All of us have biases. If you’re lucky, yours occasionally will benefit you. But often, your brain’s tendency to rely on patterns and emotional tags (i.e., feelings attached to memories) can throw you under the bus. If you really want to up the odds that you’ll make more good choices than bad, you need to admit that it’s challenging to spot your own biases and use a systematic way to stay objective and get back on track.
7 Steps to Better Decisions
In “Why Good Leaders Make Bad Decisions,” Andrew Campbell, Jo Whitehead, and Syndney Finkelstein assert that there are three major biases or “red flags” that can lead you to make a bad choice – inappropriate self-interest, distorting attachments (bonds to people, places, or things), and misleading memories. They developed a 7-step process to identify those red flags and move forward.
- Step 1: Lay out all the choices you have. For instance, maybe you have to decide between having someone on your tech team write some code or bringing in an independent developer.
- Step 2: Figure out who’s going to be involved in the choice. Maybe that’s just you. But it could be you, everybody in your C-suite, stakeholders, or even your customers.
- Step 3: Focus on the decision-maker you think is going to have the most influence on the decision. That could be someone with the most experience or seniority, the biggest investment, or the person who commands the biggest amount of respect in the office.
- Step 4: Investigate whether your main decision-maker has any inappropriate self-interest or distorting attachments. Sometimes these are easy to see from the outside, such as if public financial records show that your decision-maker already personally has invested in the startup you’re thinking about partnering with. But sometimes you’ll only be aware of them if you dig a little bit and ask some more questions face-to-face.
- Step 5: Check for any misleading memories that could give your decision-maker a skewed perception of the situation. For example, maybe in their previous work, they learned that first reports typically aren’t reliable, so they assume the first data you offer isn’t accurate either.
- Step 6: Repeat steps four and five with the next most influential decision-maker.
- Step 7: Put some safeguards in place if you find any bias. Your first safeguard choice is to bring some fresh eyes or information to what you’re doing. Good examples would be conducting a new survey or talking individually to different industry experts. But, you can also set up more debate on the situation so all the options are challenged thoroughly. Committees work well here, but even initiating open conversation on your social platforms can be helpful. Lastly, you can put stronger governance in place. That typically means you don’t get to do anything until at least one person above you signs off.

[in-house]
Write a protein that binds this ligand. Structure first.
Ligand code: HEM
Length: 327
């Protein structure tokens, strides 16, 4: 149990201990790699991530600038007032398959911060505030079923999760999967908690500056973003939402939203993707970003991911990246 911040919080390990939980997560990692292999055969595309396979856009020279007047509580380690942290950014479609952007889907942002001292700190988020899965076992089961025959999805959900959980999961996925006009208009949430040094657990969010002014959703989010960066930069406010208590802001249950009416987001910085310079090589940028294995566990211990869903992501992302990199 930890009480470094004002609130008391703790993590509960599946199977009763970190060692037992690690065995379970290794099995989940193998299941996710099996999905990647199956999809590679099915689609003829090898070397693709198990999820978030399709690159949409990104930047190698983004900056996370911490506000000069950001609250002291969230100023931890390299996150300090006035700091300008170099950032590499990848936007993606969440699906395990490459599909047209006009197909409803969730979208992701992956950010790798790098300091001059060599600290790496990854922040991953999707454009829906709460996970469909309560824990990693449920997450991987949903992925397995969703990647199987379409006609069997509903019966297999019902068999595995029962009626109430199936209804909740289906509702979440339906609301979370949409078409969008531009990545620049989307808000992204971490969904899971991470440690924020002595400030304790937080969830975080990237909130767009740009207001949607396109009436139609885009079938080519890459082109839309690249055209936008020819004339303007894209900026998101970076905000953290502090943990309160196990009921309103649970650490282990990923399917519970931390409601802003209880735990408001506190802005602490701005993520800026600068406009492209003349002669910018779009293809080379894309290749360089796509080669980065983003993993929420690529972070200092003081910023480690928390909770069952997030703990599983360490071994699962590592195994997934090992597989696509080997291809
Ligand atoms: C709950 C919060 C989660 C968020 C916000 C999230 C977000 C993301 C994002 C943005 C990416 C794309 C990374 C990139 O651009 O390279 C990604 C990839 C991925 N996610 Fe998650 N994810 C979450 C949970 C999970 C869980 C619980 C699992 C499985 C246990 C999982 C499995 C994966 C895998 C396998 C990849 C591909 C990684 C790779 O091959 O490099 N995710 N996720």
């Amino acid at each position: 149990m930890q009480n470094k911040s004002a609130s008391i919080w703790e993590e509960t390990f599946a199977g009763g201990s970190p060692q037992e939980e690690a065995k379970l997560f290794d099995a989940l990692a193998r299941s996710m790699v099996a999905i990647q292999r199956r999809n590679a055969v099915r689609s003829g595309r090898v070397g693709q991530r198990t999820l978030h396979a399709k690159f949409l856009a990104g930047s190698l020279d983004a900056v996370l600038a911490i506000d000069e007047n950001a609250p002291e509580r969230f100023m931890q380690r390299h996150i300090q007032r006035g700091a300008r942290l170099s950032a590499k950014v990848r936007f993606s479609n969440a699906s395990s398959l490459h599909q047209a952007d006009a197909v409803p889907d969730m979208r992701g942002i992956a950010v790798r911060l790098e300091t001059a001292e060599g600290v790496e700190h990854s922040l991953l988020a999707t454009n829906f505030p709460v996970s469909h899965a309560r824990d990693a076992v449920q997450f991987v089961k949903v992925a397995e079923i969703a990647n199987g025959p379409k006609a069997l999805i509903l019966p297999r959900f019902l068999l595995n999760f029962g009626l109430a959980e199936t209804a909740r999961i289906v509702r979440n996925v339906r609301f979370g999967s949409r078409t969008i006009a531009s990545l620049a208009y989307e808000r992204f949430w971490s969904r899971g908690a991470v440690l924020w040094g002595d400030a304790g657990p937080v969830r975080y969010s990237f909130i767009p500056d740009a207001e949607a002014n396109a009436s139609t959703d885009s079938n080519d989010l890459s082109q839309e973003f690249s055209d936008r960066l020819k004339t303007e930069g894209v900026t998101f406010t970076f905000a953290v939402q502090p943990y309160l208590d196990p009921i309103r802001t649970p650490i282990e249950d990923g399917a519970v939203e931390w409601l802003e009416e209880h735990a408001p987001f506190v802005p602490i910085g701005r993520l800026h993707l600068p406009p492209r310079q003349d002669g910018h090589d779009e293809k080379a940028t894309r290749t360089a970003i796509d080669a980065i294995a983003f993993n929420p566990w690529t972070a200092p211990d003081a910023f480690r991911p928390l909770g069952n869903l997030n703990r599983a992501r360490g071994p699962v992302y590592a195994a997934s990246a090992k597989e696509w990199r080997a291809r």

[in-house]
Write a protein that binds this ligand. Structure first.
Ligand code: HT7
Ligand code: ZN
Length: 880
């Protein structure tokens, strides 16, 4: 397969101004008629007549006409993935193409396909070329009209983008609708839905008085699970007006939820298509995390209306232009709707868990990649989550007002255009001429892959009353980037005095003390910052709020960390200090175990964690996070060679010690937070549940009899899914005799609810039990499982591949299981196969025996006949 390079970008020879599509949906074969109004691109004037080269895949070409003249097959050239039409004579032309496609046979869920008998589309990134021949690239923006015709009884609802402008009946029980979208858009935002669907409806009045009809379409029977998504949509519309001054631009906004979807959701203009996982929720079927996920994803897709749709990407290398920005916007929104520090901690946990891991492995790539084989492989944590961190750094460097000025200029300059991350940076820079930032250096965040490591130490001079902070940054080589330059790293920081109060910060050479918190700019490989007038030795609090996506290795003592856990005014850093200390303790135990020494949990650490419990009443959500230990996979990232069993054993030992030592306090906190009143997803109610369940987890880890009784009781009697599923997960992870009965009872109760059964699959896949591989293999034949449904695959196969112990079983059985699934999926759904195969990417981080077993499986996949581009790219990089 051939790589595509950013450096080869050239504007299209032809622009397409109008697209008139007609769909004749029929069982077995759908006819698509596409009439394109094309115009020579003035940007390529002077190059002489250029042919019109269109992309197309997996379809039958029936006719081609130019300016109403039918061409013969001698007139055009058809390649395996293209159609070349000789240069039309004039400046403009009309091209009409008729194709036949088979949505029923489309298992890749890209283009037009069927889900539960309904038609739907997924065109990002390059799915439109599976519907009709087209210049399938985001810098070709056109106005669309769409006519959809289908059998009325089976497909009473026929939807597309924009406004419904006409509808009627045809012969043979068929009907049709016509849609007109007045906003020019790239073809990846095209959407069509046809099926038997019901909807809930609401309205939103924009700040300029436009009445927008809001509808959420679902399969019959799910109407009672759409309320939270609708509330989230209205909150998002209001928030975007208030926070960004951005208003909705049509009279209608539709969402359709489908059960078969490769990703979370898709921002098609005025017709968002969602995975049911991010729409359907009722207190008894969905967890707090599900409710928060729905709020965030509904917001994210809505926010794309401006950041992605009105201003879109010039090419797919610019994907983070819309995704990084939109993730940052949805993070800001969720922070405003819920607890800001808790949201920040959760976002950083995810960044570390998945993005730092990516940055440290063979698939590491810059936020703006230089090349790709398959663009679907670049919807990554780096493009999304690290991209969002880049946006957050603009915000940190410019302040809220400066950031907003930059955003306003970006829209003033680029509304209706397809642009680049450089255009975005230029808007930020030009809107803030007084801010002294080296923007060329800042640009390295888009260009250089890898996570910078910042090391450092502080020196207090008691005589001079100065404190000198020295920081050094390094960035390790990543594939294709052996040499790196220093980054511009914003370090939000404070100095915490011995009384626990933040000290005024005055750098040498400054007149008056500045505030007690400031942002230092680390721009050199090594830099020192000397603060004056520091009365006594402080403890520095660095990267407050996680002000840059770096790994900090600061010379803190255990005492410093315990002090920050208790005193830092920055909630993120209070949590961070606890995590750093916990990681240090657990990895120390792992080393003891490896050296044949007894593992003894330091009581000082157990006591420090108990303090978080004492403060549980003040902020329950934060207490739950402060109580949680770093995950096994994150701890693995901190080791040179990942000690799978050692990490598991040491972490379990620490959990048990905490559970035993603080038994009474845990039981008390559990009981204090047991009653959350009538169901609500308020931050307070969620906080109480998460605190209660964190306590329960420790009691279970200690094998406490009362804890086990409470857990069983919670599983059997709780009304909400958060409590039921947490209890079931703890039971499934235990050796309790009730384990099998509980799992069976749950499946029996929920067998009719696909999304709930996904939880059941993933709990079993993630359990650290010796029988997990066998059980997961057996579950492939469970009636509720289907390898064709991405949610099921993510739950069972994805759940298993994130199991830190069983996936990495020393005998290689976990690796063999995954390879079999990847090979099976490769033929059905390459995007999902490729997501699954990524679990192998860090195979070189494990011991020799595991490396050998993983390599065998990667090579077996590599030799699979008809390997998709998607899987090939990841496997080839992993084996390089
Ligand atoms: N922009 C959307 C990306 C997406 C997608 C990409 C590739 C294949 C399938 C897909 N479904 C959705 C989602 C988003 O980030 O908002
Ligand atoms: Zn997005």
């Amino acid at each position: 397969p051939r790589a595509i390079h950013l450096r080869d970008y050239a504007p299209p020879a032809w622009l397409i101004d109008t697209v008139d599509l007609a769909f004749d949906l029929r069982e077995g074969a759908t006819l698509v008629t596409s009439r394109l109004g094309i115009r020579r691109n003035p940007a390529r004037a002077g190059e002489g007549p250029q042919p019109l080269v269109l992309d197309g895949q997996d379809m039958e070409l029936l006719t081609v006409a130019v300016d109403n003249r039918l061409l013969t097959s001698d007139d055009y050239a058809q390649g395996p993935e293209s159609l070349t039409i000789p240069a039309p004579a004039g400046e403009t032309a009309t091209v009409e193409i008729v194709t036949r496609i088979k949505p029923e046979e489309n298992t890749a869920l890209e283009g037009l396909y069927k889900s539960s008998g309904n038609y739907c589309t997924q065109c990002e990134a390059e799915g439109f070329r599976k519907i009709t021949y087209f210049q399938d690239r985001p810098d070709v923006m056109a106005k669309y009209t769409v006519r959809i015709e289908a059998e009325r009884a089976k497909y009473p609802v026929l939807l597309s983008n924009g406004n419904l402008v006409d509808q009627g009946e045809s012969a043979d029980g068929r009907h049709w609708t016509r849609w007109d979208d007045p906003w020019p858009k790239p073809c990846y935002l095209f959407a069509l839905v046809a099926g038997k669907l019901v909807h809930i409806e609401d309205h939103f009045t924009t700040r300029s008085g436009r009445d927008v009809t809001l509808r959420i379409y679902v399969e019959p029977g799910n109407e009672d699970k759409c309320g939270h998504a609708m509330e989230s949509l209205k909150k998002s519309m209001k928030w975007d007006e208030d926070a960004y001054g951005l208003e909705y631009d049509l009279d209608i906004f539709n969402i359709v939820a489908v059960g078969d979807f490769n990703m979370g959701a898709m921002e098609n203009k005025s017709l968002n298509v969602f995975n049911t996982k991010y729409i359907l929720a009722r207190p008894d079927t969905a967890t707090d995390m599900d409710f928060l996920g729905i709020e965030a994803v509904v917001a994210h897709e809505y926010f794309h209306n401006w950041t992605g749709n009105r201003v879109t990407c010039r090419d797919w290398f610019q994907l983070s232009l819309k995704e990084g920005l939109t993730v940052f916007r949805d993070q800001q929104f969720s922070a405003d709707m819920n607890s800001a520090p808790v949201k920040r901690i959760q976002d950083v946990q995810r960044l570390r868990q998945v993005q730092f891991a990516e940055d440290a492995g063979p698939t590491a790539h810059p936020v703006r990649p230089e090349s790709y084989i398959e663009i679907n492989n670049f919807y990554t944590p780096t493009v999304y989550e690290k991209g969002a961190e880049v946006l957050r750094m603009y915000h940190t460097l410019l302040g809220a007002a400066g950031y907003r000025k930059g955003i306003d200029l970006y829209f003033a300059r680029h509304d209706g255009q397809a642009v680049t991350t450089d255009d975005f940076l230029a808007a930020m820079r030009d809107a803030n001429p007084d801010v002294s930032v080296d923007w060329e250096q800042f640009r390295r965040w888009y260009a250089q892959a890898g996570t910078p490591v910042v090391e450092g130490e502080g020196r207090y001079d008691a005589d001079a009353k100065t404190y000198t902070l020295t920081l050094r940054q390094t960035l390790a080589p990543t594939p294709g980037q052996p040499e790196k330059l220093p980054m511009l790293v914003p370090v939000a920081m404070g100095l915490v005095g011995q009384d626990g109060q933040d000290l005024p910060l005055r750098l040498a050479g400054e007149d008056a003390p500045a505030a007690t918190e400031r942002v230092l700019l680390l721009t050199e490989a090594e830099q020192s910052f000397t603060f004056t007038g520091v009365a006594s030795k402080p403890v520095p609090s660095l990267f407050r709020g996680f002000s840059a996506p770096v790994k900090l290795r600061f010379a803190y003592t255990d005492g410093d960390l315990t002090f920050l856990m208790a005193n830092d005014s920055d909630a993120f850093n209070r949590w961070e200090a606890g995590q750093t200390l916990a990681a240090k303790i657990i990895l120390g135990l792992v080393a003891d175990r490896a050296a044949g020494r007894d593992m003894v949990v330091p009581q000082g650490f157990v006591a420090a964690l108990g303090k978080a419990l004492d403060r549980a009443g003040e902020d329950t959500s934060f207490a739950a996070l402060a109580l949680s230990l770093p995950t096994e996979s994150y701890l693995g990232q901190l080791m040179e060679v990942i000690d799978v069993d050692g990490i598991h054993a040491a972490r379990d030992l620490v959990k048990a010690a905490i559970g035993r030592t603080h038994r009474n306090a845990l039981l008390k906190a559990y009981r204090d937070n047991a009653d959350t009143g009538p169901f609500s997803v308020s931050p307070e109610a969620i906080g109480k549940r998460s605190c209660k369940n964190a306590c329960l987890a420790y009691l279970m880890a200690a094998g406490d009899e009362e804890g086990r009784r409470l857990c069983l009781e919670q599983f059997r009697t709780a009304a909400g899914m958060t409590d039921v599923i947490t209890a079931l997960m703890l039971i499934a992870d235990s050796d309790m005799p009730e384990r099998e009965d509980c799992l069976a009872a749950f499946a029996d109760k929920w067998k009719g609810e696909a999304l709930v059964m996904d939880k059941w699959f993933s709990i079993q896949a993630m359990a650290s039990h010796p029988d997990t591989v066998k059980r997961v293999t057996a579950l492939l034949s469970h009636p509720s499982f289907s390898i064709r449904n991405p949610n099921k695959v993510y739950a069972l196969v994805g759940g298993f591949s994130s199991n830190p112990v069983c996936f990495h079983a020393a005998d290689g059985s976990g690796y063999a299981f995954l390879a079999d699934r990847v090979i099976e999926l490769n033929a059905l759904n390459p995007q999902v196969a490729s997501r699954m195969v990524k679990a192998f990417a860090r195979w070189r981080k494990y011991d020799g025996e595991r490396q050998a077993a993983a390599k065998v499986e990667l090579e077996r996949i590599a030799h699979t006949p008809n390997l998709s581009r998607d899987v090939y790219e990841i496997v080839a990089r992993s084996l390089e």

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Why the System Matters
Good decisions obviously are a must for any business leader because they keep your business profitable and expanding. That’s just basic math, the bottom line.
But, underneath that, people follow people they trust. They’ll only trust you if you can prove that you show good judgment consistently. Using the system above, or one similar to it, makes it more likely that the decisions you make will end in wins on a regular basis. It’s an easy way to gain credibility and earn a following.
And even underneath that, leadership is a tough job. It takes confidence. Guess what builds your confidence. Wins. When you use this kind of system and wins start rolling in for you, you can look back and feel solid in your ability to be out in the front of the pack. That can lead you to take even bigger reasonable risks that set you apart.
Lastly, real leaders don’t stay in the driver’s seat forever. They make sure someone else can take the keys. By incorporating this process into the way you work, you teach others how to look out for everything you’ve built.
In a Procedure-Based Environment, a System Against Bias Is a Strong Asset
Most professionals are already good friends with procedures. They’re used to applying them to tasks and goals, but you can apply a procedure to ensure that your biases don’t get the best of you, too. Doing so is as good for your credibility, confidence, and legacy as it is for the bottom line. So, take the leap. Try the steps out. You just might end up with the best results you’ve ever had.